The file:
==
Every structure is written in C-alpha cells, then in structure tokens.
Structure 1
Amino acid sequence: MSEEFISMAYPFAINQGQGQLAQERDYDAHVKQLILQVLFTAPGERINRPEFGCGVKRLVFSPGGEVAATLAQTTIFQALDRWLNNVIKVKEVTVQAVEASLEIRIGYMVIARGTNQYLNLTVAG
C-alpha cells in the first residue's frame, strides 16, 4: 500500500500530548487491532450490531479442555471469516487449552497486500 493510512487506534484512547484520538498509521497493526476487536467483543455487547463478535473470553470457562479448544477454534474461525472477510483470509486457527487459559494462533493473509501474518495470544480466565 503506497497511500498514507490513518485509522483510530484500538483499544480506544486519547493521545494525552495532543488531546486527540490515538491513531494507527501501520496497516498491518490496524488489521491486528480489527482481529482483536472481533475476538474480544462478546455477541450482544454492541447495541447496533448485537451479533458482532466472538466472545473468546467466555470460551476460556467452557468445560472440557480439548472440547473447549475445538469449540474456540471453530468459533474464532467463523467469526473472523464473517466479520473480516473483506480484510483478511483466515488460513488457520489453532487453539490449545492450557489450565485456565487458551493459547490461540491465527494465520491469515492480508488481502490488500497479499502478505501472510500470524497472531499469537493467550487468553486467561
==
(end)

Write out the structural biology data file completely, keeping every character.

Every structure is written in C-alpha cells, then in structure tokens.
Structure 1
Amino acid sequence: MSEEFISMAYPFAINQGQGQLAQERDYDAHVKQLILQVLFTAPGERINRPEFGCGVKRLVFSPGGEVAATLAQTTIFQALDRWLNNVIKVKEVTVQAVEASLEIRIGYMVIARGTNQYLNLTVAG
C-alpha cells in the first residue's frame, strides 16, 4: 500500500500530548487491532450490531479442555471469516487449552497486500 493510512487506534484512547484520538498509521497493526476487536467483543455487547463478535473470553470457562479448544477454534474461525472477510483470509486457527487459559494462533493473509501474518495470544480466565 503506497497511500498514507490513518485509522483510530484500538483499544480506544486519547493521545494525552495532543488531546486527540490515538491513531494507527501501520496497516498491518490496524488489521491486528480489527482481529482483536472481533475476538474480544462478546455477541450482544454492541447495541447496533448485537451479533458482532466472538466472545473468546467466555470460551476460556467452557468445560472440557480439548472440547473447549475445538469449540474456540471453530468459533474464532467463523467469526473472523464473517466479520473480516473483506480484510483478511483466515488460513488457520489453532487453539490449545492450557489450565485456565487458551493459547490461540491465527494465520491469515492480508488481502490488500497479499502478505501472510500470524497472531499469537493467550487468553486467561